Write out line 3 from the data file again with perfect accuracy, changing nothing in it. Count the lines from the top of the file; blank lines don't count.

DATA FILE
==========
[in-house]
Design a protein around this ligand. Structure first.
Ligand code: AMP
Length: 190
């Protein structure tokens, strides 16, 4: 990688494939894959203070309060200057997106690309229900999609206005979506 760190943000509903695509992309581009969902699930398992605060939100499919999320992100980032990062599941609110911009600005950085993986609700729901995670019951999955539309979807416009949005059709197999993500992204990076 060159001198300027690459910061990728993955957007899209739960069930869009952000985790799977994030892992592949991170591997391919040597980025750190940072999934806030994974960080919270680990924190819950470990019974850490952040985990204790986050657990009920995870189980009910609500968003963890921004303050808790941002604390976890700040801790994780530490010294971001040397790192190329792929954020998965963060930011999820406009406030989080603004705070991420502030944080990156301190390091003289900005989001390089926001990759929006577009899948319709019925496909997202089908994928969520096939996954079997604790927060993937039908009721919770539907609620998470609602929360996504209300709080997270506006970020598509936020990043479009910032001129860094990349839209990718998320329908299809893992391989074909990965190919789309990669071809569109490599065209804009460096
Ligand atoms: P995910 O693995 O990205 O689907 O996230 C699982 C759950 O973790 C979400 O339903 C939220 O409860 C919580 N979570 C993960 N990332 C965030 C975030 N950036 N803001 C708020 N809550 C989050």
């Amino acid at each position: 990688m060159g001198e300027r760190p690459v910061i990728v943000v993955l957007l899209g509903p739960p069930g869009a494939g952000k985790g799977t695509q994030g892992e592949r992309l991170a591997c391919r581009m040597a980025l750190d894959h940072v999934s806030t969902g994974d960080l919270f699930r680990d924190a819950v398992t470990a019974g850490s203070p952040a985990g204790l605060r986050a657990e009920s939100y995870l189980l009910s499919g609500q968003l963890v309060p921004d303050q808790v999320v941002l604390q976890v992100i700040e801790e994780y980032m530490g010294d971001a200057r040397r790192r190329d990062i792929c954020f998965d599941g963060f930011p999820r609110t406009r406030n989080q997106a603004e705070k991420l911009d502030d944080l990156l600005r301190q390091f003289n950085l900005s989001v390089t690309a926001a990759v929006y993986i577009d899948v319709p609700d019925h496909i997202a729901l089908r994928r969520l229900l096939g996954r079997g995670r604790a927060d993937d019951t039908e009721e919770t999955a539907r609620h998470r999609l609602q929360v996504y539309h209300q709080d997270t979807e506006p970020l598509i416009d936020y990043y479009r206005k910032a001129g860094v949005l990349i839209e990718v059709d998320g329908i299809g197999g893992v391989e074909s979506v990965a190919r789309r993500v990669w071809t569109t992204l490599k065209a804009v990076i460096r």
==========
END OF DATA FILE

Ligand code: AMP